Inheritance Tax: Which States Have It and How It Works

Only six (soon to be five) states still impose an inheritance tax.

By , J.D. · UC Berkeley School of Law
Updated by Jennie Lin, Attorney · Harvard Law School

The estate tax gets a lot more attention, but people who inherit property might have to pay a different death tax, called an inheritance tax, which is imposed by six (soon to be five) states. If you inherit property from someone who lived in one of these states, you might end up needing to use some of your inheritance to pay this tax.

Inheritance tax is a state tax only; the federal government does not have an inheritance tax, though it has a federal estate tax. Some states also impose a state estate tax. Maryland is the only remaining state that has both a state estate tax and a state inheritance tax.

Who Pays State Inheritance Tax

States that currently impose an inheritance tax include:

If the person who left you money lived in one of these states, or owned property there, you might owe inheritance tax, even if you don't live in that state. So, for example, if you live in California and inherit property from your aunt who lived in Pennsylvania, you might owe Pennsylvania inheritance tax.

Whether or not you will owe inheritance tax depends on how closely related you were to the person who left you money. The specifics will vary depending on the state where the deceased person lived. In all states, surviving spouses are exempt from paying inheritance tax. Some states will also exempt children, grandchildren, and other close family members, while others will tax them at a much lower rate than other inheritors. The actual tax rate often increases the less related you are to the deceased person, and sometimes it also increases depending on the amount of property you inherit.

For example, in Nebraska:

  • parents, siblings and other close relatives can inherit $40,000 tax-free, and pay just 1% of the market value of inherited property over that amount
  • more distant relatives pay 13% for amounts over $15,000, and
  • non-relatives pay 18% on amounts over $10,000.

The top inheritance tax rate in any state is 18%.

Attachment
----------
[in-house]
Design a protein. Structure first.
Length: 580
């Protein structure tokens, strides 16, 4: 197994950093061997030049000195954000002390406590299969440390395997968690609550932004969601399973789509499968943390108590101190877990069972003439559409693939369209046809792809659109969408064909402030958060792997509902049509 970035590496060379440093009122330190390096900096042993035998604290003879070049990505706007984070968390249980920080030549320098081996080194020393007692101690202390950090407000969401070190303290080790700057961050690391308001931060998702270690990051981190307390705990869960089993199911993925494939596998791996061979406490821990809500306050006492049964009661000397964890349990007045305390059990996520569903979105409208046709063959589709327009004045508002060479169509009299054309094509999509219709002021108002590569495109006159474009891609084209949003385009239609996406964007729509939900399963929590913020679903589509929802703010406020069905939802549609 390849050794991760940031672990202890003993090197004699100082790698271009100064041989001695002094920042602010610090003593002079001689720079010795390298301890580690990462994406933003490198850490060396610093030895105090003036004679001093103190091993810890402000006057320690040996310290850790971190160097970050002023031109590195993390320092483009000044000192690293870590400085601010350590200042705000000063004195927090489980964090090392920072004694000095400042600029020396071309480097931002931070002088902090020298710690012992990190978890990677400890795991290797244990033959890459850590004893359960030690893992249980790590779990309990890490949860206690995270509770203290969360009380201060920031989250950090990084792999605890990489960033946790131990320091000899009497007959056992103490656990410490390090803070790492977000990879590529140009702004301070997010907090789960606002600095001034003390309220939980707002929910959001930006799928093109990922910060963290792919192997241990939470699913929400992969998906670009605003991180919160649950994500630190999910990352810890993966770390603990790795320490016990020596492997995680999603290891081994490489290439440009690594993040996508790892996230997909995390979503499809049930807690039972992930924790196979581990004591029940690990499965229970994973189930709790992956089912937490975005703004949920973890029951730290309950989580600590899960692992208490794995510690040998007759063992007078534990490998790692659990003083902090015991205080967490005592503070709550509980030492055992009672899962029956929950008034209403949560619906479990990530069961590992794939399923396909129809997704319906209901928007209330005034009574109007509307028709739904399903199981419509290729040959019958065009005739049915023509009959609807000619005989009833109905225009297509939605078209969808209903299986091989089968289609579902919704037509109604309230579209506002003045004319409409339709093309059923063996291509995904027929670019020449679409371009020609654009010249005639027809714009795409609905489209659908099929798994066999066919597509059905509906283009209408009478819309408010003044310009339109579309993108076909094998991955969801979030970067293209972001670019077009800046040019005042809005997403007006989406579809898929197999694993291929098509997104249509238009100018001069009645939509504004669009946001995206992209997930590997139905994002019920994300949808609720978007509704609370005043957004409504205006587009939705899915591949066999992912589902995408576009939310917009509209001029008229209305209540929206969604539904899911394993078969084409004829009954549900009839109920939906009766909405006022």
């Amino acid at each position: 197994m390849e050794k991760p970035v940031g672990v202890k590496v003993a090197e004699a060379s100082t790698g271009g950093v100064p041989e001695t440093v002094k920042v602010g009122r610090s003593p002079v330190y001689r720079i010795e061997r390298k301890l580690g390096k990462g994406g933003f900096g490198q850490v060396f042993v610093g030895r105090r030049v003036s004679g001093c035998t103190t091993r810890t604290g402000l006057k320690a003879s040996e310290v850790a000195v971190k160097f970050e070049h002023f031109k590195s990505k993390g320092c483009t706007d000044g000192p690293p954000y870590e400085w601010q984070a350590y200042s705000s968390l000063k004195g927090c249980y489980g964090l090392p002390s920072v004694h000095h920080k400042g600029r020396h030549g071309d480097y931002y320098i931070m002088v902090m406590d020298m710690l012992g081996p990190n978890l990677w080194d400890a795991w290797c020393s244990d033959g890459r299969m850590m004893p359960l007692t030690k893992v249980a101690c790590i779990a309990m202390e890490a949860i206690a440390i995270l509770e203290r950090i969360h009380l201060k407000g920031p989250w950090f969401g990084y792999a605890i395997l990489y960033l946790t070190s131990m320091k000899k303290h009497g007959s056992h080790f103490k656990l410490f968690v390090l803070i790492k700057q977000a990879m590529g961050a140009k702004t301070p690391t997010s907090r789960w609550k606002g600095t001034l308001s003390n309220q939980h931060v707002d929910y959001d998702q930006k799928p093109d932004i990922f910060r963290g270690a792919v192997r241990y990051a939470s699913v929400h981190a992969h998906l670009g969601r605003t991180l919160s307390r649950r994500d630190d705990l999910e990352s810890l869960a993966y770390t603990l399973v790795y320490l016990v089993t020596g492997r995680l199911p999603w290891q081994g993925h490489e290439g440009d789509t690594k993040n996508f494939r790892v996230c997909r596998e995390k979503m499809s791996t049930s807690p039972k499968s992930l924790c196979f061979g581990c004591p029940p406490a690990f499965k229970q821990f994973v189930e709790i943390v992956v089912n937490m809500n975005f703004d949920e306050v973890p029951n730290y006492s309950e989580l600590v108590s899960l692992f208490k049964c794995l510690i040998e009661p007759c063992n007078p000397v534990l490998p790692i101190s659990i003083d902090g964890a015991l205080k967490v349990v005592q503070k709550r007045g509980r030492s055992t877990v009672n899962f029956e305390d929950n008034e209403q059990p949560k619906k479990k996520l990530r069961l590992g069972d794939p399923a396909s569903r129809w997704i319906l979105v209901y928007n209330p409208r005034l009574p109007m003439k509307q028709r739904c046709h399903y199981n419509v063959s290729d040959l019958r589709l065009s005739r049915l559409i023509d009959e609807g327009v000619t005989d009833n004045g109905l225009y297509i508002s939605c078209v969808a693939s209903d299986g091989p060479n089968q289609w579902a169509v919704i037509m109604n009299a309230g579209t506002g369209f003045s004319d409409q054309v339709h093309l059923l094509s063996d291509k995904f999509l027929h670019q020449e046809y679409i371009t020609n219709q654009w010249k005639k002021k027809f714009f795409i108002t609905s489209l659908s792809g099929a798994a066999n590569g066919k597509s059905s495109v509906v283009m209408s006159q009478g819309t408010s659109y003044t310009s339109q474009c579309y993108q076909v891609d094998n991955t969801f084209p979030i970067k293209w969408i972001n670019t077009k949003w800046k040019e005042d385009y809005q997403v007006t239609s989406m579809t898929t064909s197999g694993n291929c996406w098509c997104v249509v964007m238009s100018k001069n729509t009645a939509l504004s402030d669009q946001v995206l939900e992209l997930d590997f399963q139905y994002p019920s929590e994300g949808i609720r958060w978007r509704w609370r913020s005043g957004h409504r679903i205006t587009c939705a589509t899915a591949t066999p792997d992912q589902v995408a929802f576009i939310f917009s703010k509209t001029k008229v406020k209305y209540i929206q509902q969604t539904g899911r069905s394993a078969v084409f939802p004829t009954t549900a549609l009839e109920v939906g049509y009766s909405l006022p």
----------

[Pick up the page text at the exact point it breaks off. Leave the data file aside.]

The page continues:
The Inheritance Tax Return

If a state inheritance tax return is required, it's the executor's job to file it. Only one return needs to be filed, no matter how many beneficiaries are subject to inheritance tax.

If there is a formal probate court proceeding, the executor might have to file the return and show that all inheritance taxes have been paid before the estate can be closed. If an asset doesn't go through probate—for example, a payable-on-death (POD) bank account—the POD beneficiary would be responsible for paying any tax due.

Why Both Inheritance Tax and (State or Federal) Estate Tax May Be Due

Some states, and the federal government, also impose estate tax when someone dies. Federal estate tax affects only the largest estates, those worth more than $13.61 million for deaths in 2024. Because the tax exemption is so high, and because all property passing to a surviving spouse is exempt, it's estimated that more than 99.9% of estates do not owe any federal estate tax. But if the deceased person left behind a very large estate and lived in one of the states listed above, it's possible that both a federal estate tax and a state inheritance tax will be due.

As for state estate taxes, currently, Maryland is the only state that has both state estate tax and inheritance tax—but it's not as bad as it sounds, since the estate can subtract any inheritance taxes paid from the amount of state estate tax due.

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